2 Matching Annotations
  1. Jul 2021
    1. Anne: In the US, it didn't happen?Juan: My plan was, when I was 16 I had received DACA. I was one of the first ones who had received it—because that's when it had barely come out. I applied for it, I got it. I think I was a junior in high school. My first job was as a dishwasher, and then from there—Anne: You got a green card so you could go to work?Juan: I don't consider DACA as a green card. It's more like a permit to work.Anne: A permit to work.Juan: Yeah, I had DACA, so my plan was to graduate high school, work for one or two years, save up money, then go to college. That was my plan, but a situation happened—I think I was twenty. No, I was nineteen about to be twenty. I got accused of something, which was a really big deal, and it all went downhill from there. I got accused and then I was working one day and the cops came looking for me and they were like, "Are you Juan?"Juan: I'm like, "Yes," so they're like, "You're being accused of this and that," and then I got sent to jail. I was being accused of a first-degree felony, so they were like, "If you're found guilty of a first-degree felony, you can take up to six to twenty years in prison." Right there, my whole life was—I hit the bottom. I was nineteen with a first-degree charge and it all went along, my parents, they got me a lawyer.Juan: I was in jail for five months fighting my case and then they found out that I wasn't guilty, so this is something really strange because—Anne: They found out you weren't guilty.Juan: Yes, I wasn't guilty. I was proven innocent, but the thing is that since it was a first degree felony, they usually don't drop it down. This is what I found out when I was in jail—because you learn things when you're in jail—that when you have a first-degree felony, they drop it down to a second or third degree and then they give you a plea. How do you say it? Yes, a plea.Anne: A plea.Juan: That wasn't my case, because I couldn't live with the felony on my record. From a first-degree felony, they dropped it down to a Class A misdemeanor, so obviously I wasn't guilty at all. I was proven innocent after five months [Chuckles].Anne: Couldn't they just wipe it out altogether? Why did it have to be a misdemeanor?Juan: Because the state couldn't lose, that's the thing. When you're in jail, you learn a lot of things and my lawyer at the moment, he explained everything. If we were to take it to trial and the state loses, it's going to look bad on them. Obviously, they're not going to let me live clean. They're going to want me to take one charge at least. So, what they did was, from a first-degree felony, they dropped it down to a Class A misdemeanor.Juan: They couldn't take off all of the charges because that would mean taking it to trial—it's going to cost a lot of money—so they were like, "Accept the plea deal and then you're free to go, but you will have the Class A misdemeanor. With time and with the lawyer, you can remove it from your record, but not a felony. A felony will always be on your record.” So, I took the deal, and then as soon as I took the deal, I was free to go, but immigration got me right there.Juan: Immigration got me, they removed my DACA, and after that I started my process with immigration. I was in jail for, in total, eight months. Five with the state then three with immigration. I think I would have been able to stay if I was married to a US citizen or if I'd had a kid, or if I had something that tied me to the US. But since I was nineteen, I wasn't married, I didn't have any kids, I didn't have anything that tied me to the US.Anne: The Class A misdemeanor, that's one of the misdemeanors that is disqualifying for DACA?Juan: Yes.Anne: Did they know? I guess your lawyer knew that this was going to happen.Juan: Yes. He knew that they were going to remove DACA.Anne: Though he told you that it's the kind of misdemeanor that you could expunge from your record?Juan: Yes.Juan: He did say we can stay, take it to trial, and here's the big dilemma. You could either win with the jury or you can lose with the jury. If you lose, then you can look up to twenty years in prison. But if you win, you live clean you know? But do you really want to take the chance? Taking it to trial does take a long time. It can take up to a year or a year and a half in jail, and I was already five months in jail. I'm like, "I don't want to be here anymore."Anne: You said that you were accused of a felony. Was it a fabricated accusation?Juan: Yes, fabricated accusation—do you mean was it made up?Anne: Yes.Juan: Yes, it was made up. It was a made-up accusation.Juan: The funny part is that once I was out of jail because … When I was with immigration, the judge found me … I wasn't a danger to society or anything like that. He let me off with a…How do you call it?Anne: A bond?Juan: With a bond, yes. Actually, it was a $10,000 bond. Then my dad came up with the money fast so that he could get me out of jail.Juan: It was something that, like I said, I'm just glad it's over with but it's an experience that I went through that sometimes I do hate myself for putting myself in that situation because I could say, "Well, maybe that night I should've just stayed home. I shouldn't have gone out and I should've just…" Because at that time, I had a good job. My brother was doing good, my family was doing good, my parents, they would go camping every weekend or they would go fishing. They would go out.Juan: I would provide help financially to my parents, so we were all doing good. My brother and I graduated high school. We were looking to our future—everything was doing good. We were looking into getting a house. Sometimes I do feel guilty. I’m like, because of the situation that happened for me, my parents' plans, they all went downhill and I'm just glad that they … Because one thing that I remember is that when they first took me in jail, they're like, "You have one call."Juan: I called my dad and I was crying. I was like, "Dad, I'm in jail." He was like, "Why?" I'm like, "They're accusing me of this." And he just said, "Don't say anything. We're going to get a lawyer and just hang in there." My dad, he did everything in his power to help me out. He didn't know what happened [Emotional], but he believed in me because he knew that the kind of person that I was, and so then my mom ... All my friends, they didn't help me at all. It was my parents who went to the trials and stuff like that. [Chuckles]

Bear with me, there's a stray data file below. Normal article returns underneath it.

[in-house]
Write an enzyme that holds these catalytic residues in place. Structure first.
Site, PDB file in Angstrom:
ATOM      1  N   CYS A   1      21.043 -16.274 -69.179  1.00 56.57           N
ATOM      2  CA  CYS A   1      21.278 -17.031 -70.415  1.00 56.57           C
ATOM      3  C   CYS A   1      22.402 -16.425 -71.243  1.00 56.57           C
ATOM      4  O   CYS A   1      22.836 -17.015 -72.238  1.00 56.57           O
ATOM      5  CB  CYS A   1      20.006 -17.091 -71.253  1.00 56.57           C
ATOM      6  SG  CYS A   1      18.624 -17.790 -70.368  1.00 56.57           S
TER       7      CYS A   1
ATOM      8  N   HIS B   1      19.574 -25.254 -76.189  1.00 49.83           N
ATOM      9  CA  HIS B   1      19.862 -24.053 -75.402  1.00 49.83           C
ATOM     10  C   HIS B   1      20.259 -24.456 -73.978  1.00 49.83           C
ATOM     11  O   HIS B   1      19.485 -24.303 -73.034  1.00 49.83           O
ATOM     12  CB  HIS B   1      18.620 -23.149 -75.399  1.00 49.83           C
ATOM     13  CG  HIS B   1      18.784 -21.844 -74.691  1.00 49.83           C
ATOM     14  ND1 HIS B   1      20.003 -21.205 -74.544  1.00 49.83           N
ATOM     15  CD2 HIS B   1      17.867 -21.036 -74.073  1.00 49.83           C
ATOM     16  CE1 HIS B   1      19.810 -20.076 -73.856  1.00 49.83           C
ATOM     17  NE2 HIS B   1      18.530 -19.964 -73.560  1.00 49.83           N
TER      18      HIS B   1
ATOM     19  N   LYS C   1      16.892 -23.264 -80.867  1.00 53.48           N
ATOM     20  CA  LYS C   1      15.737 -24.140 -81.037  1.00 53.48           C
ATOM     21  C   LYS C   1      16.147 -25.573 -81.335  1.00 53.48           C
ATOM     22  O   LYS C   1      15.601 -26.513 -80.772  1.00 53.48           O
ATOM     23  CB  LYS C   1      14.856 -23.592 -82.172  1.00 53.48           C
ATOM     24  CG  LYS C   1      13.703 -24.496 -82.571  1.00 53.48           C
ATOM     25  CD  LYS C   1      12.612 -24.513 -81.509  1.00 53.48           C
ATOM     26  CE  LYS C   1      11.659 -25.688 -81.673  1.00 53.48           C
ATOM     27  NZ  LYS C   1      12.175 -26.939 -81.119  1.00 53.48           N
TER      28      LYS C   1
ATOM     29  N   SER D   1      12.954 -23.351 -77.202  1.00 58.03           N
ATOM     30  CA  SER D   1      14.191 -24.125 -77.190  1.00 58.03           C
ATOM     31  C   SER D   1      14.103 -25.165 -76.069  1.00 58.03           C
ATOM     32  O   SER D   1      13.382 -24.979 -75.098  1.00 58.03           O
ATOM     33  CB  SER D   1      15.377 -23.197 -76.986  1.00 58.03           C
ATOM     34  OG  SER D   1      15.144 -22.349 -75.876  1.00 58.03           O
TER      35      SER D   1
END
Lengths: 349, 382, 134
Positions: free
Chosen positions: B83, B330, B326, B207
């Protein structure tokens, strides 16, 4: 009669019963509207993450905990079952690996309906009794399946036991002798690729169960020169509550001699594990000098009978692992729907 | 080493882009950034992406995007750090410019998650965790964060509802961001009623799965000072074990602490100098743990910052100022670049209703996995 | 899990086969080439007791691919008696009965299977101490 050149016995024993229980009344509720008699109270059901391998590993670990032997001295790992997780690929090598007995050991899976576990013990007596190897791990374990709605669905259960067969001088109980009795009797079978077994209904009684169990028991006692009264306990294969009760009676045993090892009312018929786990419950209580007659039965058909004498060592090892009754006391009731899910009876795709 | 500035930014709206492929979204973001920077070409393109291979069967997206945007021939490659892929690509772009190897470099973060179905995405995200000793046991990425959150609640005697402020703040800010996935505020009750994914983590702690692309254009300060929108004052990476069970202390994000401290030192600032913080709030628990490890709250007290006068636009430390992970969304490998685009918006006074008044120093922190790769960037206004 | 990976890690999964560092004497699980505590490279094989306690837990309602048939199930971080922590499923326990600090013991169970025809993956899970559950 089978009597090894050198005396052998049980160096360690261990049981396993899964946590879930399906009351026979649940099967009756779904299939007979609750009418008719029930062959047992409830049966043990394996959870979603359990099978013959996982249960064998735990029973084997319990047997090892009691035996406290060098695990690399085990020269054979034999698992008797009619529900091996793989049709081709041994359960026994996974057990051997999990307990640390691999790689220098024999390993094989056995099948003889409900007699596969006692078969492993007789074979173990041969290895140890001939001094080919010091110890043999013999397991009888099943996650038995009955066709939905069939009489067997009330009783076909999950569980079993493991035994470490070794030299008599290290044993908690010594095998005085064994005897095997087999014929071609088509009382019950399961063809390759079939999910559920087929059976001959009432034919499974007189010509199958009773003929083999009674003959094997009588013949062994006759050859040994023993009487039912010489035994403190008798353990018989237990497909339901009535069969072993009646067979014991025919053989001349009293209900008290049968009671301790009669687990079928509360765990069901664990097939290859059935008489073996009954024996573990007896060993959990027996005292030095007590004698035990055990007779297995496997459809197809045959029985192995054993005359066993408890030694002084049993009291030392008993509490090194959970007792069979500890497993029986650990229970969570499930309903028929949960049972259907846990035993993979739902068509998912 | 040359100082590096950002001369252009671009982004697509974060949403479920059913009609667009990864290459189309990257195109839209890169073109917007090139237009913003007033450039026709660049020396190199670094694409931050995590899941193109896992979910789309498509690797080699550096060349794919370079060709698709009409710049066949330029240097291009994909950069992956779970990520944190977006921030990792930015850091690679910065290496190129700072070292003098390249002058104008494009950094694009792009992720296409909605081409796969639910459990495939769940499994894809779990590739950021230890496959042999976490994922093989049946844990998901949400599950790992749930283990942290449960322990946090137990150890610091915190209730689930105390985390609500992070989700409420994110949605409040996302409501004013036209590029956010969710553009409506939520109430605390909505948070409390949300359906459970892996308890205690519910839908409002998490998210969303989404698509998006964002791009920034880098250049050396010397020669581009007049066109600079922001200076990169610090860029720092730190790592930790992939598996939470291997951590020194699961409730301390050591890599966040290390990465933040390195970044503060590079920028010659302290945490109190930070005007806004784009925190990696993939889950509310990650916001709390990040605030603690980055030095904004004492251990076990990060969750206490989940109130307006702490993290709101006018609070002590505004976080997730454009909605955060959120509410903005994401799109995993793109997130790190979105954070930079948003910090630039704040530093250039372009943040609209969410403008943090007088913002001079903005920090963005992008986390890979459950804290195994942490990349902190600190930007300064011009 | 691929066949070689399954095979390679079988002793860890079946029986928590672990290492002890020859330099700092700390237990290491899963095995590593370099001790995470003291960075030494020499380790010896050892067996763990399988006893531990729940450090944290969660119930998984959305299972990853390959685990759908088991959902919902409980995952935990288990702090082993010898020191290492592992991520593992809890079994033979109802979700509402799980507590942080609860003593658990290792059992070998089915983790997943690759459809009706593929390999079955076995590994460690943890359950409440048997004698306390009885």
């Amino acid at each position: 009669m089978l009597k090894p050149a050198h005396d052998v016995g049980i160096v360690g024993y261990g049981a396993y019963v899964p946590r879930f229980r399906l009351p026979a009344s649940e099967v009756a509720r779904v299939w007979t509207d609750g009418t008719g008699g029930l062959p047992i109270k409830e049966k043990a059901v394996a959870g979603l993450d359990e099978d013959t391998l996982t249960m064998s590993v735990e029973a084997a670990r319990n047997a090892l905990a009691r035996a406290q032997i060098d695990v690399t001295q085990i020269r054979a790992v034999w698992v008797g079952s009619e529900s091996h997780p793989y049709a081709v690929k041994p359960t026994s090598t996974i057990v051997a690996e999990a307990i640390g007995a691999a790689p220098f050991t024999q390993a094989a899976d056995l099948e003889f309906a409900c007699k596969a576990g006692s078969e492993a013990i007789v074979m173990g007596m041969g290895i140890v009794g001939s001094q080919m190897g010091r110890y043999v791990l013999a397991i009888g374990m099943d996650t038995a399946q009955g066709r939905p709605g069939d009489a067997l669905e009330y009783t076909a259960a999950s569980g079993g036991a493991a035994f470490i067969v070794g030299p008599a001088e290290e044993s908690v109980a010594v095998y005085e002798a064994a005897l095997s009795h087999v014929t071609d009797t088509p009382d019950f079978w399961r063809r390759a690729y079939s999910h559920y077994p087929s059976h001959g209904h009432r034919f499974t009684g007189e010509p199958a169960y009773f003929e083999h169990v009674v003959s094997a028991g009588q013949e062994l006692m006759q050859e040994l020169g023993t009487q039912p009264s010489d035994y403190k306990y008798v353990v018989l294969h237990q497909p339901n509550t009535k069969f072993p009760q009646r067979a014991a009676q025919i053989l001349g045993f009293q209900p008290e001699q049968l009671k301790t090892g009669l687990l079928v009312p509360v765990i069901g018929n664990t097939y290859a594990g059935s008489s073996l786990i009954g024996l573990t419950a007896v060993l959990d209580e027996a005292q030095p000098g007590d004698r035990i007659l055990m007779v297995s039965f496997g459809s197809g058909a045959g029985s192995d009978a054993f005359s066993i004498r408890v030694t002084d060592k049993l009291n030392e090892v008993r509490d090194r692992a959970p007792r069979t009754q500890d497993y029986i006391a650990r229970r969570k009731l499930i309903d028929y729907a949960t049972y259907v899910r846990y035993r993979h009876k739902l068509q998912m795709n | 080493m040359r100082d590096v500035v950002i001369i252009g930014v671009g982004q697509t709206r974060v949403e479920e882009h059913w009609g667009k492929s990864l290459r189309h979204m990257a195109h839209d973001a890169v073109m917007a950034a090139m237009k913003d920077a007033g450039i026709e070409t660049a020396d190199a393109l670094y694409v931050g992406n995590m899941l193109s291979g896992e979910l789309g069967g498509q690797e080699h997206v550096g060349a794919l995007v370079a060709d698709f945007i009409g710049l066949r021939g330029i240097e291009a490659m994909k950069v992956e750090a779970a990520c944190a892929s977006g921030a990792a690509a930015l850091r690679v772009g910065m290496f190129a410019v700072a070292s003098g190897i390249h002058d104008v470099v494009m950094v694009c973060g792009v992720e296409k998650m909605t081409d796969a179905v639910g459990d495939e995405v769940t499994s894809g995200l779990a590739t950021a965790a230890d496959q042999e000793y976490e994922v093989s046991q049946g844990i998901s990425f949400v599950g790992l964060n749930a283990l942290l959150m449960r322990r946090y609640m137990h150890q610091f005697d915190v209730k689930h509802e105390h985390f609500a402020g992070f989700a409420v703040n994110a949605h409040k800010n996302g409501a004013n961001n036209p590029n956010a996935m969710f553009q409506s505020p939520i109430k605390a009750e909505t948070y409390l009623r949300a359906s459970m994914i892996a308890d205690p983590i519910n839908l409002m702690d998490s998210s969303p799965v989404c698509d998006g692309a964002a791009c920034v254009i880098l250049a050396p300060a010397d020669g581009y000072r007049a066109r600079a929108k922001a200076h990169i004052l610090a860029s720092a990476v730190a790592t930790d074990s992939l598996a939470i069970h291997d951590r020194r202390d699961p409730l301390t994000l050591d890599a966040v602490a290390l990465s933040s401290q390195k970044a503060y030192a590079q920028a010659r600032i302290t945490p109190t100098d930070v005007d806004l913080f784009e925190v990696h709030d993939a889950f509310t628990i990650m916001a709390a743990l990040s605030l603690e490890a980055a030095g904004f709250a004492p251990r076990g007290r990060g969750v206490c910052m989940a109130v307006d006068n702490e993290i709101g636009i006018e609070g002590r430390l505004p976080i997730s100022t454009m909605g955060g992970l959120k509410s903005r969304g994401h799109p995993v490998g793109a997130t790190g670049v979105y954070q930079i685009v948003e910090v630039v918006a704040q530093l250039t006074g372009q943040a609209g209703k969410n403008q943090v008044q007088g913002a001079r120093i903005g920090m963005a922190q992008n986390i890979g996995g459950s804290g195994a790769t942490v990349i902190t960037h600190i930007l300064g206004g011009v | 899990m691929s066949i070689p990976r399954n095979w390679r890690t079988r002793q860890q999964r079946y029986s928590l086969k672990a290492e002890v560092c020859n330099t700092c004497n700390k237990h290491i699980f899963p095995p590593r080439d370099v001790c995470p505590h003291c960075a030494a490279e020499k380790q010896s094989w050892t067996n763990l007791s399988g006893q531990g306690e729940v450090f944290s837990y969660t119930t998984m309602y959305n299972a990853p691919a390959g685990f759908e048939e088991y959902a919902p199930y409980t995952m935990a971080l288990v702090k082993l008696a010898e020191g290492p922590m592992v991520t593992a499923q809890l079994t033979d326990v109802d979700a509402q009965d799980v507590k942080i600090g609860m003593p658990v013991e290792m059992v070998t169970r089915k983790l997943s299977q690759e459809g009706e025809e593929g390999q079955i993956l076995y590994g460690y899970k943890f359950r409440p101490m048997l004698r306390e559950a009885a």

Time in the US, Higher Education, Dreaming about, Arrests, Misdemeanors, False accusations, Prison, Feelings, Sadness, Tragedy, Disappointment, Despair, Regret, Dreams

  2. Jun 2021
    1. Anita: Why didn't they stay behind?Luisa: I think my mom felt guilty. I think she didn't want me to be by myself. She felt guilty that she didn't allow me to apply for DACA, so she's like, "Okay. That's okay." Eventually my sisters are going to have to go through this and let's do it now so the change doesn't hurt them as much when it comes down to it. They had it a little easier, I think [Chuckles]. They didn't have to go through it twice, or maybe that's just my bitterness, but I had to go through that uprooting and going into a strange country twice [Chuckles]. They don't remember Mexico at all, so I don't think they remember any of the life that we had here.

      Leaving the US, Reasons for Exit, Following a loved one